Harmony

Harmony is a very good thing.

For some time now, the ECMAScript working groups have been split into two camps: one supporting ECMAScript 4, another ECMAScript 3.1. The former was a more radical leap forward in ECMAScript (JavaScript), while the latter favored more incremental progress.

AjaxianJohn ResigSimon Willison, and a host of others are referencing an email by Brendan Eich to the lists for both efforts about a new, combined effort dubbed “Harmony”.

Eich writes:

It’s no secret that the JavaScript standards body, Ecma’s Technical Committee 39, has been split for over a year, with some members favoring ES4, a major fourth edition to ECMA-262, and others advocating ES3.1 based on the existing ECMA-262 Edition 3 (ES3) specification. Now, I’m happy to report, the split is over.

The Ecma TC39 meeting in Oslo at the end of July was very productive, and if we keep working together, it will be seen as seminal when we look back in a couple of years. Before this meeting, I worked with John Neumann, TC39 chair, and ES3.1 and ES4 principals, especially Lars Hansen (Adobe), Mark Miller (Google), and Allen Wirfs-Brock (Microsoft), to unify the committee around shared values and a common roadmap. This message is my attempt to announce the main result of the meeting, which I’ve labeled “Harmony”.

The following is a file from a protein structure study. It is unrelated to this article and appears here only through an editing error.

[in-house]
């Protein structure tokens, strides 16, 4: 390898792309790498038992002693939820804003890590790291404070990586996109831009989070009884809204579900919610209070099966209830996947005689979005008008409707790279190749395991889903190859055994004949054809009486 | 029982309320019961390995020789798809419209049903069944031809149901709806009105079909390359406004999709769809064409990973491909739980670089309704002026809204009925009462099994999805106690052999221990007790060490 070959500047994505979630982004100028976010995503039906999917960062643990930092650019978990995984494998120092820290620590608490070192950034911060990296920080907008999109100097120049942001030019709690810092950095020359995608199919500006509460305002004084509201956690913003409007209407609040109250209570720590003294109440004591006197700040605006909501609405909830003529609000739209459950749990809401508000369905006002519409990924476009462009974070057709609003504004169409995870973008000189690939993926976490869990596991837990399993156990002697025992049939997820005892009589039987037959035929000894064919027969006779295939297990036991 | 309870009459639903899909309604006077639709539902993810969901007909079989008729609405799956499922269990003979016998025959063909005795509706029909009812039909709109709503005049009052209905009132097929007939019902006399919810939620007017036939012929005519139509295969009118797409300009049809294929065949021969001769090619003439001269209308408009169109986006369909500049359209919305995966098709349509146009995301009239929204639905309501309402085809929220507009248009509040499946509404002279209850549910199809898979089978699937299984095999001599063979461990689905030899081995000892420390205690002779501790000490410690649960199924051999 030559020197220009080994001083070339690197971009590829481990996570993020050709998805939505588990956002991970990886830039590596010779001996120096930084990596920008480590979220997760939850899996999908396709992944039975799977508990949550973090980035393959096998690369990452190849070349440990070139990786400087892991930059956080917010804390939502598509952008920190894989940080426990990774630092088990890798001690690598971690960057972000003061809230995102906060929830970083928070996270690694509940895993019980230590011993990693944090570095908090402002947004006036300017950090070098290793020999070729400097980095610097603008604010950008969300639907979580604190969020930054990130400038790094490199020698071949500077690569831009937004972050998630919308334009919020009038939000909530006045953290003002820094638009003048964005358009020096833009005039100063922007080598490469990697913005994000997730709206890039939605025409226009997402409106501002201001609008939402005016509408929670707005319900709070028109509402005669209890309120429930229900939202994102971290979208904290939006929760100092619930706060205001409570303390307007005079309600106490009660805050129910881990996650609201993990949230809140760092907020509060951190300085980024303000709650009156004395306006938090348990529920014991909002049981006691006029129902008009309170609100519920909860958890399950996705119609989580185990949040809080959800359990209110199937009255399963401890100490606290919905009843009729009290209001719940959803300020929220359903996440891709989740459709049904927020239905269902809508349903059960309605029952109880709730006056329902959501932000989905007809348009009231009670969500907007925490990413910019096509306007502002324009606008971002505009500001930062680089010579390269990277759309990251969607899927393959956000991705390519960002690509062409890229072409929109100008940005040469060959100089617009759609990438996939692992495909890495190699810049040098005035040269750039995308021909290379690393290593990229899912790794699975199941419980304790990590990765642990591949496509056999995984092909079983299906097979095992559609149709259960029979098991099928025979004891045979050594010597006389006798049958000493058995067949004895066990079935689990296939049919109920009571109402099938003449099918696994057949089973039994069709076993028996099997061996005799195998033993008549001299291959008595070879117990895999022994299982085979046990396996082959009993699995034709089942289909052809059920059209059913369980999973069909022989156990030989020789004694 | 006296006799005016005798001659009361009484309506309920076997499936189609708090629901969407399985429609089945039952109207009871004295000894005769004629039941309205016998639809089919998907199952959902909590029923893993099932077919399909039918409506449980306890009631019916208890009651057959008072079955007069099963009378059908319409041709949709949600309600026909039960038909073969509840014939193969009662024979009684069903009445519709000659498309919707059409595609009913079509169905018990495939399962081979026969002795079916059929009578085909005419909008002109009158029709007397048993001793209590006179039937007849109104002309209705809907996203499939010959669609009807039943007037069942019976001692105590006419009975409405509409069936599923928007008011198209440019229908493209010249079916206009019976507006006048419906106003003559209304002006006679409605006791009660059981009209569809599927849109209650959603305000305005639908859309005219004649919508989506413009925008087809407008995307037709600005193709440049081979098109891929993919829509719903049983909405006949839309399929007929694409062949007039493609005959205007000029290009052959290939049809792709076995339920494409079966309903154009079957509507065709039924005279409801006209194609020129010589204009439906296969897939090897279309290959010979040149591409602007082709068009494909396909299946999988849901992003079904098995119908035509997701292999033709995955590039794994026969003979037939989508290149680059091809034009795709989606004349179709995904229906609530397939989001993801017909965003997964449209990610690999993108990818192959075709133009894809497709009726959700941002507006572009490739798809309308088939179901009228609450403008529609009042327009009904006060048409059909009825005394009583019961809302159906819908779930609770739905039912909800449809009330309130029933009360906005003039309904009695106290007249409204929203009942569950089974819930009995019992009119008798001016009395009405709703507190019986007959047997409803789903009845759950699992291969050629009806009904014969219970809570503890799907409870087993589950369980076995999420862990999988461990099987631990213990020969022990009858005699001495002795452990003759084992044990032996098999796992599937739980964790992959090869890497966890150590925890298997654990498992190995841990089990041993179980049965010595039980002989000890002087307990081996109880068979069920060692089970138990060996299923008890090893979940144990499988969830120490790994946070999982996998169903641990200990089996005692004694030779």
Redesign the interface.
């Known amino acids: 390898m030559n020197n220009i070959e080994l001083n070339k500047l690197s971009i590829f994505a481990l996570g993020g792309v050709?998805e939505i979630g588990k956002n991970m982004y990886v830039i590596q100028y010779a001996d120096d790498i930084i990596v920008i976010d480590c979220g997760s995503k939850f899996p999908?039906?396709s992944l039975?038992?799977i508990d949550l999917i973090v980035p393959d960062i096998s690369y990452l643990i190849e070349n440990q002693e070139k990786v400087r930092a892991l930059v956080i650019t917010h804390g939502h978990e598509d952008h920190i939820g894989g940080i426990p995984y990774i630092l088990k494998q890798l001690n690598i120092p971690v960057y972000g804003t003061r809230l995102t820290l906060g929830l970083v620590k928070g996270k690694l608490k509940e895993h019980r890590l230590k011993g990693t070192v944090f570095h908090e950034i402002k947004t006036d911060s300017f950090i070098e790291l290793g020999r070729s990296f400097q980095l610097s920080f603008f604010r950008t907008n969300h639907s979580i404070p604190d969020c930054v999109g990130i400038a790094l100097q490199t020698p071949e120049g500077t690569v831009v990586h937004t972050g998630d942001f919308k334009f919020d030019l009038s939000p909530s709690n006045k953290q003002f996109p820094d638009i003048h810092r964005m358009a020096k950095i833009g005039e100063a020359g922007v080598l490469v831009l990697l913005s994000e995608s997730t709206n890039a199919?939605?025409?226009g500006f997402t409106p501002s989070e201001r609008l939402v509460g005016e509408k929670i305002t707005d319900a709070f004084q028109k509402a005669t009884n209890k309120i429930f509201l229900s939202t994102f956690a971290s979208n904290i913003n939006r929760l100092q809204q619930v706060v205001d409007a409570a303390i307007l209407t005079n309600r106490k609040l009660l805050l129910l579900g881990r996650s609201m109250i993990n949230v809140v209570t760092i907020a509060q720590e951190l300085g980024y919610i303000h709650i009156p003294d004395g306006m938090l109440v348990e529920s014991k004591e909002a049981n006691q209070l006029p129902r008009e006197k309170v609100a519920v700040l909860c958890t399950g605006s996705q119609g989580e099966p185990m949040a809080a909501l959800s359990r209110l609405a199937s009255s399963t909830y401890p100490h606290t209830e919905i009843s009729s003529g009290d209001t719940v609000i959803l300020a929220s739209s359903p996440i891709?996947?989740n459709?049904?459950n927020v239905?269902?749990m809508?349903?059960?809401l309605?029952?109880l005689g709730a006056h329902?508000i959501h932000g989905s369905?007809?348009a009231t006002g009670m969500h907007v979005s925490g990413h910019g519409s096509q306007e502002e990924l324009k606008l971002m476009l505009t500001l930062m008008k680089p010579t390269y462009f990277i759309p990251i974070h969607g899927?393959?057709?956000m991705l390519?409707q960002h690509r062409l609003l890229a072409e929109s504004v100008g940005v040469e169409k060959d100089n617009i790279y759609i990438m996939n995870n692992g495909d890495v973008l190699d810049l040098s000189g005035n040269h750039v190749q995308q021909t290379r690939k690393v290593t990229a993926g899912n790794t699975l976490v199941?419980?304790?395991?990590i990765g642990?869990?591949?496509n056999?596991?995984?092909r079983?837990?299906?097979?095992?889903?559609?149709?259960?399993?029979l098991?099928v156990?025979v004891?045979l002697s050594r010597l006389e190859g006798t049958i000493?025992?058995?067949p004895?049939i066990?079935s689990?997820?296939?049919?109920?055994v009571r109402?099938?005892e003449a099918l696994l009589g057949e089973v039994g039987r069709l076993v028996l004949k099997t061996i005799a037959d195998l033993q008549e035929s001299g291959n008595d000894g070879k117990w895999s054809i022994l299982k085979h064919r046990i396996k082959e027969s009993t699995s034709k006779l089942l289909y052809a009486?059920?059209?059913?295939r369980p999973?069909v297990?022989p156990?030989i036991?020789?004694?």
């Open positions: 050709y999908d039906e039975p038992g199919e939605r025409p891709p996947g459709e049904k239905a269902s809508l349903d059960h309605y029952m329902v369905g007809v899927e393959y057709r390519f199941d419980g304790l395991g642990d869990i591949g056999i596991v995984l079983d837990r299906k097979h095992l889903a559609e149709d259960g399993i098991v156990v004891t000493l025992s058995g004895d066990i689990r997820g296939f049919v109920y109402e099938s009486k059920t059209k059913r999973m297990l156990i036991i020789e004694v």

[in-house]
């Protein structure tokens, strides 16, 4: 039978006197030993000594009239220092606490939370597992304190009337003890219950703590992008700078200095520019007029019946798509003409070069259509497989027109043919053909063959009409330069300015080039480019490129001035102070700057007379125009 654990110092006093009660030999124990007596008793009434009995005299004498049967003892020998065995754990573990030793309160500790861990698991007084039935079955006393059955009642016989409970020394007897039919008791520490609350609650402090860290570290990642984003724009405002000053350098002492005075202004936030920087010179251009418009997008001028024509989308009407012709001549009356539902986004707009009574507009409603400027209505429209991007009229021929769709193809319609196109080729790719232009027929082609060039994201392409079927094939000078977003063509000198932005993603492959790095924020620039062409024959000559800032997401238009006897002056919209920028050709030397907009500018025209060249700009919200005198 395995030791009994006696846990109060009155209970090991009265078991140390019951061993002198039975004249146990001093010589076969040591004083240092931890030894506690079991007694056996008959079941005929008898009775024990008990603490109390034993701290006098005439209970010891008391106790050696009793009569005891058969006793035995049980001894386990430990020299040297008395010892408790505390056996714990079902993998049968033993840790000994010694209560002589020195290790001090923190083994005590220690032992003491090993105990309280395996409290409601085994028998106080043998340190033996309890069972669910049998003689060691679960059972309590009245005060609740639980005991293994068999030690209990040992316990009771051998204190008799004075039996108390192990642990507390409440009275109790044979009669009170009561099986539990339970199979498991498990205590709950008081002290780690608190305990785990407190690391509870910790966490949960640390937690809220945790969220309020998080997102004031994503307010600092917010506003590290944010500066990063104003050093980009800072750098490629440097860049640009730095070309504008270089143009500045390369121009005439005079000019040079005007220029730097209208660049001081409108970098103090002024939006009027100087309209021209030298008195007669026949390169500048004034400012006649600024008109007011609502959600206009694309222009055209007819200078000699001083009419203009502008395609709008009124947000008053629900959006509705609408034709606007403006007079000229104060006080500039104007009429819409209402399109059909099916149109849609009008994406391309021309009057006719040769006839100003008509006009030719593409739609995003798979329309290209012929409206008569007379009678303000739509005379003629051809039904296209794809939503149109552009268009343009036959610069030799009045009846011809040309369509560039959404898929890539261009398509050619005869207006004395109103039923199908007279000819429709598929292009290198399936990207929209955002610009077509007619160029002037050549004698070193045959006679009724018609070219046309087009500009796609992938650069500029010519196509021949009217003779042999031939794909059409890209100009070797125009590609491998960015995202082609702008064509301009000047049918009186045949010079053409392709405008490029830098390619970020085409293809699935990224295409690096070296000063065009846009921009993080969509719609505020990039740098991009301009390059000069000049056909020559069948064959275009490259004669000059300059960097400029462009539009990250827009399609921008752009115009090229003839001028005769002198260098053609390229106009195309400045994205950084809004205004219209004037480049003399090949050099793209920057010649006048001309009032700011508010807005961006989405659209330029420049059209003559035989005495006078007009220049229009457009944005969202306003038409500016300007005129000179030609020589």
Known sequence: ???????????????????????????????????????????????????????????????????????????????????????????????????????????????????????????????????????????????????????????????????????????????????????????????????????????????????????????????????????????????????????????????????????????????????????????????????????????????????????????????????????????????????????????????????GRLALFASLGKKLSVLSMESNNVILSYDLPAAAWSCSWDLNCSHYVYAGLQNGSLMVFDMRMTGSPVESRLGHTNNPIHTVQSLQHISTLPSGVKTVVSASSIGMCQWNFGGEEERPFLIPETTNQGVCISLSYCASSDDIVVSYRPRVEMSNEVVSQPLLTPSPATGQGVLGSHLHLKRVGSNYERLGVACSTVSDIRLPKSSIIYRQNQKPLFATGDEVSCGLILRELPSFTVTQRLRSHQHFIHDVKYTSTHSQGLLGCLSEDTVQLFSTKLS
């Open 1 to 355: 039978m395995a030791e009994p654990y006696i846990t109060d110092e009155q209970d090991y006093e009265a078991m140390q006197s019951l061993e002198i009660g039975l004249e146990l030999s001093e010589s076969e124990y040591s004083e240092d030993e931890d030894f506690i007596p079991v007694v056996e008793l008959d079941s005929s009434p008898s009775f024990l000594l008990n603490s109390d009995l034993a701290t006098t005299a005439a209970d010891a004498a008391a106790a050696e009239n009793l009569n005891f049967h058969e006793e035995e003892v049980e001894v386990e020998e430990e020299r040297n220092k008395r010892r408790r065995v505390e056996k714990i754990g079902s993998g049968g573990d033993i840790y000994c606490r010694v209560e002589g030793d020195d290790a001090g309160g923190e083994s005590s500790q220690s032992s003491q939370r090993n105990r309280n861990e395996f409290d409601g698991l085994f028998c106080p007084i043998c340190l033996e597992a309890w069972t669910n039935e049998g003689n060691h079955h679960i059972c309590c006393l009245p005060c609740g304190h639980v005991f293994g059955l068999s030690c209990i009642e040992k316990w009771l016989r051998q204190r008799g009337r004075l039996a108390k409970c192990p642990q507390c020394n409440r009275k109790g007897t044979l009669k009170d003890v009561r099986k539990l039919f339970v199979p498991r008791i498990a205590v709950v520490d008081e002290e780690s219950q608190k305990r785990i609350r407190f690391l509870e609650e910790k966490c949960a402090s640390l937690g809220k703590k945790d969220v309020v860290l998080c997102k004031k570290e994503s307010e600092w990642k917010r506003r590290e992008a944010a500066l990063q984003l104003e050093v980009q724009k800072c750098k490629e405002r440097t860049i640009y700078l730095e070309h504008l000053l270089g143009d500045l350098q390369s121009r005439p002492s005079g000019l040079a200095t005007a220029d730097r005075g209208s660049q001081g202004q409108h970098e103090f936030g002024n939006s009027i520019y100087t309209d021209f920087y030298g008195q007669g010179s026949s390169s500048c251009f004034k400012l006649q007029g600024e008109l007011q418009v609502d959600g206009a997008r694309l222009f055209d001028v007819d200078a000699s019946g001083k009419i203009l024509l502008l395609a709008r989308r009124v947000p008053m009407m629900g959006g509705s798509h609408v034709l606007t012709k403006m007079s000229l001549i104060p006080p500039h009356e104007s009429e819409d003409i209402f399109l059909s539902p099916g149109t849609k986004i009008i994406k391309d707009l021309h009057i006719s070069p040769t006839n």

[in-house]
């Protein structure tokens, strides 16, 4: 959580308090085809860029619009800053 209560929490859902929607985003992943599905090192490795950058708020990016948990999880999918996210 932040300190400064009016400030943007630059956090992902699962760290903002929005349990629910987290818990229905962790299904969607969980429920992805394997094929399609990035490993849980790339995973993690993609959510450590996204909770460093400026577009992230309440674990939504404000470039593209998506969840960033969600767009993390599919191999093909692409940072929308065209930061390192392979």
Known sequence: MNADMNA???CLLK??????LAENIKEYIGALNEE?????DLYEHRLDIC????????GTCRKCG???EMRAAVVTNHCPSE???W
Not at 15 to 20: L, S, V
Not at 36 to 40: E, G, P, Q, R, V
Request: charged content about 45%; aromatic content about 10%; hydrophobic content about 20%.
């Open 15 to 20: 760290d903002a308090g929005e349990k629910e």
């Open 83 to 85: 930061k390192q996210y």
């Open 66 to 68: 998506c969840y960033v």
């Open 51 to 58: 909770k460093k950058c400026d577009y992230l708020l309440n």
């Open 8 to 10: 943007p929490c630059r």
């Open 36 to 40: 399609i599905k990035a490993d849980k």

Executive Summary

The committee has resolved in favor of these tasks and conclusions:

1. Focus work on ES3.1 with full collaboration of all parties, and target two interoperable implementations by early next year.

2. Collaborate on the next step beyond ES3.1, which will include syntactic extensions but which will be more modest than ES4 in both semantic and syntactic innovation.

3. Some ES4 proposals have been deemed unsound for the Web, and are off the table for good: packages, namespaces and early binding. This conclusion is key to Harmony.

4. Other goals and ideas from ES4 are being rephrased to keep consensus in the committee; these include a notion of classes based on existing ES3 concepts combined with proposed ES3.1 extensions.

The rest of the email then gives the details.

As one can read in comments out and about, not everyone is pleased by this new accord, as they don’t see that the new effort represents enough progress. However, without accord from all the major browser developers, there is no progress: only variations of pretty chaos.

I must admit, being somewhat conservative — or perhaps, after having worked with JavaScript since the first glimmerings over 12 years ago, exhausted with dealing with browser differences — that I’m happy we’re going for simpler changes, implemented broadly. This is a good thing.

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